This study was supported by the Strategic Research Program for Brain Sciences by the MEXT of Japan, collaborated with Fukushima Medical University and Kyoto University.

Tadashi Isa | EurekAlert!
Further information:
http://www.nips.ac.jp

More articles from Life Sciences:

nachricht Tracing the evolution of vision
23.08.2019 | University of Göttingen

nachricht Caffeine does not influence stingless bees
23.08.2019 | Johannes Gutenberg-Universität Mainz

All articles from Life Sciences >>>

The most recent press releases about innovation >>>

Die letzten 5 Focus-News des innovations-reports im Überblick:

Im Focus: Hamburg and Kiel researchers observe spontaneous occurrence of skyrmions in atomically thin cobalt films

Since their experimental discovery, magnetic skyrmions - tiny magnetic knots - have moved into the focus of research. Scientists from Hamburg and Kiel have now been able to show that individual magnetic skyrmions with a diameter of only a few nanometres can be stabilised in magnetic metal films even without an external magnetic field. They report on their discovery in the journal Nature Communications.

The existence of magnetic skyrmions as particle-like objects was predicted 30 years ago by theoretical physicists, but could only be proven experimentally in...

Im Focus: Physicists create world's smallest engine

Theoretical physicists at Trinity College Dublin are among an international collaboration that has built the world's smallest engine - which, as a single calcium ion, is approximately ten billion times smaller than a car engine.

Work performed by Professor John Goold's QuSys group in Trinity's School of Physics describes the science behind this tiny motor.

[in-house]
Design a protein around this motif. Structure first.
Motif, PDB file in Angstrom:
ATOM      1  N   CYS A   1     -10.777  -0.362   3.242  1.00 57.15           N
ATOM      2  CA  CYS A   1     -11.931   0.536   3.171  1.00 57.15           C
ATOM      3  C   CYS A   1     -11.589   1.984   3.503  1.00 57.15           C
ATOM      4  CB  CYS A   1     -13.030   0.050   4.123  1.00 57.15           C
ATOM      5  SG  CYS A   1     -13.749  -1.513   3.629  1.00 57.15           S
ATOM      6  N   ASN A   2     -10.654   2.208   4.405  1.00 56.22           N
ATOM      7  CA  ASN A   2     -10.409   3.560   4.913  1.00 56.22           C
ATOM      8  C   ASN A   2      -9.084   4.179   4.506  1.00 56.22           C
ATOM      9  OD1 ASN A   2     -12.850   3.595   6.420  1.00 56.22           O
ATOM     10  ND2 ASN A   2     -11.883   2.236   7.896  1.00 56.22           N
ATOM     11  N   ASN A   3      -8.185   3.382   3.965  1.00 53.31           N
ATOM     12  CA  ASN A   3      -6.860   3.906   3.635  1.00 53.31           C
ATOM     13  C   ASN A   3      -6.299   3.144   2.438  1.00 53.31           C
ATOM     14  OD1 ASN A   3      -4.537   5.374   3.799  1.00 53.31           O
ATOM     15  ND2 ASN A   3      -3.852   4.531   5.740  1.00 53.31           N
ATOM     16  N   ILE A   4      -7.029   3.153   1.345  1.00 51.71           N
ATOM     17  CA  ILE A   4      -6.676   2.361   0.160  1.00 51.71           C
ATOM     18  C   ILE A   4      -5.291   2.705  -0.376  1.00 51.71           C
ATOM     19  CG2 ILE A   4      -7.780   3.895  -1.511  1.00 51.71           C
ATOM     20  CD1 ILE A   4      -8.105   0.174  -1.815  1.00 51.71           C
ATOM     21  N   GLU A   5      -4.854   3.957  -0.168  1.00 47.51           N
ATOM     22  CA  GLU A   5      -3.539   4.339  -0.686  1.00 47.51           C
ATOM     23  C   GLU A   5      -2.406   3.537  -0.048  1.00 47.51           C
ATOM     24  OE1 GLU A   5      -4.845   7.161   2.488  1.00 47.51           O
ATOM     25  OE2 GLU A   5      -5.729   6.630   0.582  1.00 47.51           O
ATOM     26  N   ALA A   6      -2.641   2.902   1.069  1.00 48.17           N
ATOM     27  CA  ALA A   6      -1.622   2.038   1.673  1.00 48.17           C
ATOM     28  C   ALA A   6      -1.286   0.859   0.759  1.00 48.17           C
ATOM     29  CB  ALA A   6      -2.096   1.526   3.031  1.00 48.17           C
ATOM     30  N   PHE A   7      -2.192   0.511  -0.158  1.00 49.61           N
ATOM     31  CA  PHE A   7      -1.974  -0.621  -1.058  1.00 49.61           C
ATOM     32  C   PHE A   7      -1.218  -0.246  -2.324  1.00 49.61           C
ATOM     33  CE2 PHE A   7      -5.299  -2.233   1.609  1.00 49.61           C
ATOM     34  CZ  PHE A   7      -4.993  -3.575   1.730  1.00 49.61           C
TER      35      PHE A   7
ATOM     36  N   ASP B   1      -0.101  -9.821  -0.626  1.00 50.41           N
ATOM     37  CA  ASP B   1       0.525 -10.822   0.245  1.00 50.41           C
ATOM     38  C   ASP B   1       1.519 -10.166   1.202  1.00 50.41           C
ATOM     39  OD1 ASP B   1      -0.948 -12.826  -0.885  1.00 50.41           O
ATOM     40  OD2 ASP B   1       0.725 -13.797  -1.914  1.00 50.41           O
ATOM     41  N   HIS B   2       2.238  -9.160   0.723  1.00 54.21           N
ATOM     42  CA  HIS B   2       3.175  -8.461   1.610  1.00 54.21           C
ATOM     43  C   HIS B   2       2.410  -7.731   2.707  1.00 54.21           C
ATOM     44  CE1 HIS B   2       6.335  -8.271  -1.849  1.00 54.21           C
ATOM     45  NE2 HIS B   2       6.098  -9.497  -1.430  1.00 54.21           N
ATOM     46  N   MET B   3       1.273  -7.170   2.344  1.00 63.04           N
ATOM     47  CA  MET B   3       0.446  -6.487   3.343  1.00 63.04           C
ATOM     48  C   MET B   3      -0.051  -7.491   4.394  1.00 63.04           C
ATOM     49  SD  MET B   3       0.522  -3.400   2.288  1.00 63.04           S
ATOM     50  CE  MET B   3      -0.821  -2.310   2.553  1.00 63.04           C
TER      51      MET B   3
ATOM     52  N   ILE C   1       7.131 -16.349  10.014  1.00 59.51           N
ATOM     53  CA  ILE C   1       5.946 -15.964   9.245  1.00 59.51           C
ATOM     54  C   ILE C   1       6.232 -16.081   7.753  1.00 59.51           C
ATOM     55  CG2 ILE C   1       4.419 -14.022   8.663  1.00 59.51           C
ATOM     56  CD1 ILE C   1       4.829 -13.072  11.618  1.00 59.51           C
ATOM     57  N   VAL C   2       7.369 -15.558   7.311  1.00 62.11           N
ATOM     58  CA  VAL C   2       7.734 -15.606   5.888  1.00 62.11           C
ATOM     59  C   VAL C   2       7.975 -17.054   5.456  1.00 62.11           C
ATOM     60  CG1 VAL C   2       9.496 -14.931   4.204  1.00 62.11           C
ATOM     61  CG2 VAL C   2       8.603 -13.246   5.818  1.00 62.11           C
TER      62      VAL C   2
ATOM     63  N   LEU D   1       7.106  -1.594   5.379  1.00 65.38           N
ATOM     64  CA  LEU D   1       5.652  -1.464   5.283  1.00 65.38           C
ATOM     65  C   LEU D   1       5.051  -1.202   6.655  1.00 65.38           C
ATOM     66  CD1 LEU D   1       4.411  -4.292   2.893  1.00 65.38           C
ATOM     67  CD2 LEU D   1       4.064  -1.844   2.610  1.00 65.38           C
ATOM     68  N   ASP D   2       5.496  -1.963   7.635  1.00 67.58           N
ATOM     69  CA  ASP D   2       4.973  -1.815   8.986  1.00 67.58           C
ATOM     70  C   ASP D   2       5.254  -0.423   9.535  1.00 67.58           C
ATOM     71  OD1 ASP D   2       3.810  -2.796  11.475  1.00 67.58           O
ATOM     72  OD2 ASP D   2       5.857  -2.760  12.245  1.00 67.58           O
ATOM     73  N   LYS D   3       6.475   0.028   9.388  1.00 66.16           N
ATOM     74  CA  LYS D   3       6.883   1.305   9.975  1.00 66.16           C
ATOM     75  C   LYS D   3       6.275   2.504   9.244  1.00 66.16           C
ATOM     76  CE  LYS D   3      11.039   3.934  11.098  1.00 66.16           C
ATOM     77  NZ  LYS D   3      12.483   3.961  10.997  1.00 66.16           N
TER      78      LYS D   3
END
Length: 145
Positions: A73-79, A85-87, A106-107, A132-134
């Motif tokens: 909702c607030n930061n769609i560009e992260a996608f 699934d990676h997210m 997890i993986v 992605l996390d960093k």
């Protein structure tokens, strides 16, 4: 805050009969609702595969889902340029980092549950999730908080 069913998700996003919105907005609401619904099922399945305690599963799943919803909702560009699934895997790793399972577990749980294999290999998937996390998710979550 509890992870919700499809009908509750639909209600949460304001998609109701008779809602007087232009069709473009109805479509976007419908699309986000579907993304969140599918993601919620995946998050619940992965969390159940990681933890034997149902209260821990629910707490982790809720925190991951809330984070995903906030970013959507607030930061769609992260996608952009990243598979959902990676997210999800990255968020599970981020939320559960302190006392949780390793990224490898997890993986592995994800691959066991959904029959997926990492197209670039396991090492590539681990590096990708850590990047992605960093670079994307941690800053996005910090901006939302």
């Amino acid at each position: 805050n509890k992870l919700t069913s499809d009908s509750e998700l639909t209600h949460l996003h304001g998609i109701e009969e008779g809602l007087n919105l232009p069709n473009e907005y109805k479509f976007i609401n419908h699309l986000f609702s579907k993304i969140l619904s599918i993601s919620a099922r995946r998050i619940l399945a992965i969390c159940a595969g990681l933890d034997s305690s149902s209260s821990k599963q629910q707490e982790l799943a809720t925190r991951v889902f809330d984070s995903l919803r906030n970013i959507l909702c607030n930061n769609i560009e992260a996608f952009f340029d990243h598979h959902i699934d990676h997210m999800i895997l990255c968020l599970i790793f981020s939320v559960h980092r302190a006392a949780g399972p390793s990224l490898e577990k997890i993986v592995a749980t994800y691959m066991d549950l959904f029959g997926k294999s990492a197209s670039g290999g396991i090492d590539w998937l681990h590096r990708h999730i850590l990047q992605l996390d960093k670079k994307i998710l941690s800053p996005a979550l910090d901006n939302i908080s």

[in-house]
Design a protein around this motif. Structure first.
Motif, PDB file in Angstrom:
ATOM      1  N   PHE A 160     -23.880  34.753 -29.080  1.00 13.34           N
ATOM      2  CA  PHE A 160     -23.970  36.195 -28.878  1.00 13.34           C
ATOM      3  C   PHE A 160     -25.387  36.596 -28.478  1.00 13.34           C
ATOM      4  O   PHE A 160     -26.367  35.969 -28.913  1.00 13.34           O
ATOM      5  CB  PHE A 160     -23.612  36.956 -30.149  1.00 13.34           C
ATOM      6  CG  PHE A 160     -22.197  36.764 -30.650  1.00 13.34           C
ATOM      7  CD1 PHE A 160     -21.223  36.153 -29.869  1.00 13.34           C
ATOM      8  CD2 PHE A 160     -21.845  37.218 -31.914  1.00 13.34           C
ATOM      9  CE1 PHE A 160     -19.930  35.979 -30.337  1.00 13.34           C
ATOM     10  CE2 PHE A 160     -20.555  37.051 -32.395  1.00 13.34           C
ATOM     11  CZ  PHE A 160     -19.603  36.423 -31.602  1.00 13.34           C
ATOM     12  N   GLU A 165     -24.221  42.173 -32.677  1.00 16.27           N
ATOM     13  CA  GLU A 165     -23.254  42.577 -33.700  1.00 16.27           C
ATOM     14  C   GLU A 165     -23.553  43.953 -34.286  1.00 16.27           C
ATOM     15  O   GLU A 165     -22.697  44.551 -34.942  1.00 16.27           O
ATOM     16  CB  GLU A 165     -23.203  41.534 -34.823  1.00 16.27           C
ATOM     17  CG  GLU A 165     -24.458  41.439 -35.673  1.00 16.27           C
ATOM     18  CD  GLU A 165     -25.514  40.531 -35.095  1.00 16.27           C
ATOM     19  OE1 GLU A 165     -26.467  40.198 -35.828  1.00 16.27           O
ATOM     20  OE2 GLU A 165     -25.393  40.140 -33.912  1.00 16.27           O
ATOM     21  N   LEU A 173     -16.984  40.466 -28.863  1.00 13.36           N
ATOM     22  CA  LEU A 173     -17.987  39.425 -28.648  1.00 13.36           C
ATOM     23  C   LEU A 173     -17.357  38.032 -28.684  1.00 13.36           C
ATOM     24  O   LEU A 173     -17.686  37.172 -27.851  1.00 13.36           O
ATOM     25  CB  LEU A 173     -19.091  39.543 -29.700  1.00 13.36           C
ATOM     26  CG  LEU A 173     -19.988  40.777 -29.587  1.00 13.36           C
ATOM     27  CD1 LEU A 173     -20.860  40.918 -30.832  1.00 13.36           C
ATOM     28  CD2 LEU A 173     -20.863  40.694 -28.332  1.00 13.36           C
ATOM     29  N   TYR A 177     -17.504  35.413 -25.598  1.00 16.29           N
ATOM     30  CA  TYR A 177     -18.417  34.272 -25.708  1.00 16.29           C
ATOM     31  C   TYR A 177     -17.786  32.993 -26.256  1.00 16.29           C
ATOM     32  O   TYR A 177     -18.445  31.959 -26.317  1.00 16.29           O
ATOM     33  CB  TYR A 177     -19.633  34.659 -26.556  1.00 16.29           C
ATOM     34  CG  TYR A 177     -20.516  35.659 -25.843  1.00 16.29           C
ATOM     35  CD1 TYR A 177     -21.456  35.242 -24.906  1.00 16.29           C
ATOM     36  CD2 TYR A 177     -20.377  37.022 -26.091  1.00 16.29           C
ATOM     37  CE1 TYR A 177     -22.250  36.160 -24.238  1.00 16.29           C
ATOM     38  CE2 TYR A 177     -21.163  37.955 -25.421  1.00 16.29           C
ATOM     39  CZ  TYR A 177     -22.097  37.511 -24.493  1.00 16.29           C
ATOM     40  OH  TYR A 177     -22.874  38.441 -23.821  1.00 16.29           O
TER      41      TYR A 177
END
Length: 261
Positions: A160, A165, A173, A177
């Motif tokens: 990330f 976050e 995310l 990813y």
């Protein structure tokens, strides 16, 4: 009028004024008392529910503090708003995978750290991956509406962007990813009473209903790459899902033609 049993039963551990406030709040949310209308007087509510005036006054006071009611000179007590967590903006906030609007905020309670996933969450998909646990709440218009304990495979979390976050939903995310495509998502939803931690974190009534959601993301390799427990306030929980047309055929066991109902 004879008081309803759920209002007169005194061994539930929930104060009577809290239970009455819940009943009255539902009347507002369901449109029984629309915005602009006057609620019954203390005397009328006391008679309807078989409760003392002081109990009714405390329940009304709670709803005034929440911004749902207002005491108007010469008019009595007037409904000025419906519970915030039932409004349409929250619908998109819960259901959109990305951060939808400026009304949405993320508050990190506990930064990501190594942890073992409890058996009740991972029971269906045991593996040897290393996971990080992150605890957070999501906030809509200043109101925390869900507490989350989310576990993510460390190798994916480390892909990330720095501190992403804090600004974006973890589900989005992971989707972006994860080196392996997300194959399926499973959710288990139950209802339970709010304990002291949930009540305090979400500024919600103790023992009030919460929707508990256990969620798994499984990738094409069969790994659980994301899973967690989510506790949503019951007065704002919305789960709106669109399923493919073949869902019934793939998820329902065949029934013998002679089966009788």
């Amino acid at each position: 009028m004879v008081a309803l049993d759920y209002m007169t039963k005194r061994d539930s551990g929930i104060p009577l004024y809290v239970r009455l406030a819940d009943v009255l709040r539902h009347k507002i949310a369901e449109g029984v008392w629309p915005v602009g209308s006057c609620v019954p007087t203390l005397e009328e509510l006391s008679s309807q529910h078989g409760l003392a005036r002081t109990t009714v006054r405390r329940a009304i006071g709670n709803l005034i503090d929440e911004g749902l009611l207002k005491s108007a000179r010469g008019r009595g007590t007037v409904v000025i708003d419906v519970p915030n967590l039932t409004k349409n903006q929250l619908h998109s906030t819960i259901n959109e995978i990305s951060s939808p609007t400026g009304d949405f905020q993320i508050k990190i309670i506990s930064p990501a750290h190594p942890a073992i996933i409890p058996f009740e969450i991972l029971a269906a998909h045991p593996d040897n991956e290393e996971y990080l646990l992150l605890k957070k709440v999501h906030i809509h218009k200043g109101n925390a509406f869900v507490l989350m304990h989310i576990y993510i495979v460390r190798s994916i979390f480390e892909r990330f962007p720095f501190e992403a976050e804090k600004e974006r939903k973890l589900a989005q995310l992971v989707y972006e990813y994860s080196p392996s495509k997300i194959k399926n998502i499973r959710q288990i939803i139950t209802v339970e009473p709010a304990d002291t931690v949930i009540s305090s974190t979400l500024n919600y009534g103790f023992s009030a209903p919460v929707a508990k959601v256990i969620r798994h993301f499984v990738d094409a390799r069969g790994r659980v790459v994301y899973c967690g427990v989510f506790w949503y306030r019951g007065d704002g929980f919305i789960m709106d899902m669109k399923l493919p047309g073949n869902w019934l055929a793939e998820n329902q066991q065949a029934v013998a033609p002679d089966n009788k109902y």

Im Focus: Quantum computers to become portable

Together with the University of Innsbruck, the ETH Zurich and Interactive Fully Electrical Vehicles SRL, Infineon Austria is researching specific questions on the commercial use of quantum computers. With new innovations in design and manufacturing, the partners from universities and industry want to develop affordable components for quantum computers.

Ion traps have proven to be a very successful technology for the control and manipulation of quantum particles. Today, they form the heart of the first...

Im Focus: Towards an 'orrery' for quantum gauge theory

Experimental progress towards engineering quantized gauge fields coupled to ultracold matter promises a versatile platform to tackle problems ranging from condensed-matter to high-energy physics

The interaction between fields and matter is a recurring theme throughout physics. Classical cases such as the trajectories of one celestial body moving in the...

Im Focus: A miniature stretchable pump for the next generation of soft robots

Soft robots have a distinct advantage over their rigid forebears: they can adapt to complex environments, handle fragile objects and interact safely with humans. Made from silicone, rubber or other stretchable polymers, they are ideal for use in rehabilitation exoskeletons and robotic clothing. Soft bio-inspired robots could one day be deployed to explore remote or dangerous environments.

Most soft robots are actuated by rigid, noisy pumps that push fluids into the machines' moving parts. Because they are connected to these bulky pumps by tubes,...

All Focus news of the innovation-report >>>

Anzeige

Anzeige

VideoLinks
Industry & Economy
Event News

The power of thought – the key to success: CYBATHLON BCI Series 2019

16.08.2019 | Event News

4th Hybrid Materials and Structures 2020 28 - 29 April 2020, Karlsruhe, Germany

14.08.2019 | Event News

What will the digital city of the future look like? City Science Summit on 1st and 2nd October 2019 in Hamburg

12.08.2019 | Event News

 
Latest News

Making small intestine endoscopy faster with a pill-sized high-tech camera

23.08.2019 | Medical Engineering

More reliable operation offshore wind farms

23.08.2019 | Power and Electrical Engineering

Tracing the evolution of vision

23.08.2019 | Life Sciences

VideoLinks
Science & Research
Overview of more VideoLinks >>>